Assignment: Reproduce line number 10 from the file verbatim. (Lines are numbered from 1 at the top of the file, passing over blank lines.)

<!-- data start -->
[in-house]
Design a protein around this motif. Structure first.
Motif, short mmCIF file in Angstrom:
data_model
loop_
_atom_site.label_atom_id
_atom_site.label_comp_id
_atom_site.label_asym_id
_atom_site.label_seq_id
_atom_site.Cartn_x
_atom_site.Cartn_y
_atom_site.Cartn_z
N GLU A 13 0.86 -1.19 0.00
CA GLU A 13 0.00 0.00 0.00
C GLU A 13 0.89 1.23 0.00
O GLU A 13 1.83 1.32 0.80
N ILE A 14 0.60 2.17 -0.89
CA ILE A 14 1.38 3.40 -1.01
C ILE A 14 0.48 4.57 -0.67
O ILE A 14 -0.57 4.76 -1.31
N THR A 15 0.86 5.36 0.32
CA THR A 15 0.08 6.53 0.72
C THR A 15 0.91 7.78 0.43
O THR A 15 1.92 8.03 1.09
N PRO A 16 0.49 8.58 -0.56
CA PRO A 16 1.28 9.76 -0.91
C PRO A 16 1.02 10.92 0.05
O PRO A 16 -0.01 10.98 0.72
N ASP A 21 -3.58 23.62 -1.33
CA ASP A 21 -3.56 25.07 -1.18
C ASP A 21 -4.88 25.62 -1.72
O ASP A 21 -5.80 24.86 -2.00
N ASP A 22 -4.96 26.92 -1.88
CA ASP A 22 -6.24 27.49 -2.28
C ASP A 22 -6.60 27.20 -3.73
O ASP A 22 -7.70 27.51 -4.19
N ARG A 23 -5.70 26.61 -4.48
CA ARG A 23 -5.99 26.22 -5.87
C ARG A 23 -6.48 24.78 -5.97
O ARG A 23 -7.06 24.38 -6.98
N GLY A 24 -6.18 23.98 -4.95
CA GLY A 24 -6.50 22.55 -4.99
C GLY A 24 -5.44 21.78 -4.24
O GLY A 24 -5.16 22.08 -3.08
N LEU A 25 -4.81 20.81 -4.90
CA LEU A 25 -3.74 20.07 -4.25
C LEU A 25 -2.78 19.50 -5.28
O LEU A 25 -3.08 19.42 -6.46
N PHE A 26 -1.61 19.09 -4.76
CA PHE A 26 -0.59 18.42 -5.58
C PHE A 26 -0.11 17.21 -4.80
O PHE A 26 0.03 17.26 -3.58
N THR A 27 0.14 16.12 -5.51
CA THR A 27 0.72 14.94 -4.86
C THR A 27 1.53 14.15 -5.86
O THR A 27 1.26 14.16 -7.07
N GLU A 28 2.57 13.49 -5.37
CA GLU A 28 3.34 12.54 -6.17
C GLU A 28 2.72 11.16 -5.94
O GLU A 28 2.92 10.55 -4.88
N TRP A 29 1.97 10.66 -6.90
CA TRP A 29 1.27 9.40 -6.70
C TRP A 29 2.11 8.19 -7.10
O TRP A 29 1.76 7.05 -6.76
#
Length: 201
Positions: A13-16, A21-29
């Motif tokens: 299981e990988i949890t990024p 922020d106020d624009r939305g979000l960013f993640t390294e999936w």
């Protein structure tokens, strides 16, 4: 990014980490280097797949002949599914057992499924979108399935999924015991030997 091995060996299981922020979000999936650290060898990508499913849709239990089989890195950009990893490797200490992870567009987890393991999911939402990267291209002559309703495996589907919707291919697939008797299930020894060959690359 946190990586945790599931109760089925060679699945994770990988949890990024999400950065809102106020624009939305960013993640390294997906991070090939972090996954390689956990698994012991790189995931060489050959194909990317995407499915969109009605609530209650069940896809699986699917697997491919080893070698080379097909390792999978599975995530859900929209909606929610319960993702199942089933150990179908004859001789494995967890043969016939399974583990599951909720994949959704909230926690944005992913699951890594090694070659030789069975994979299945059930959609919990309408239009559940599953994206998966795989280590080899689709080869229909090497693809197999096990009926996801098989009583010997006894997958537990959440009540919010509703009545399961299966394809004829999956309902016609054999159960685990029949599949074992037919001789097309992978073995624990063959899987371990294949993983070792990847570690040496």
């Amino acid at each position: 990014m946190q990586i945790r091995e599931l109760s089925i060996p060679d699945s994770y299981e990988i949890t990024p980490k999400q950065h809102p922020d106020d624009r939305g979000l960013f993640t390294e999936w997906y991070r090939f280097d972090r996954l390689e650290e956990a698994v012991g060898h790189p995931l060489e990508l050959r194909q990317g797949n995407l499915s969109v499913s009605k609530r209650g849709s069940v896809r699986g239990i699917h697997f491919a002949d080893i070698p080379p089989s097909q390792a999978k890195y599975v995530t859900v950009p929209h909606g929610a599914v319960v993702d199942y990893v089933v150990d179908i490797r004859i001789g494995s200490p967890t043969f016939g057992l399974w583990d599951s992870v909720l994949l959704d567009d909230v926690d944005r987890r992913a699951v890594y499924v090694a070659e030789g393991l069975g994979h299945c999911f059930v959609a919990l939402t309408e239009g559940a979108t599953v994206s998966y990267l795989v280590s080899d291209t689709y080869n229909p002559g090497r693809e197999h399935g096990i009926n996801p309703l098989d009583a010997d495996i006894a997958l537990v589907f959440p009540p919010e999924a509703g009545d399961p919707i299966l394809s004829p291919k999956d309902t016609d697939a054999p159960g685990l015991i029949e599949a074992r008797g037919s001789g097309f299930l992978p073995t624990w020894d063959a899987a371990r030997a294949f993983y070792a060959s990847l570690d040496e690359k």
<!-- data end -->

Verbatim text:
_atom_site.Cartn_x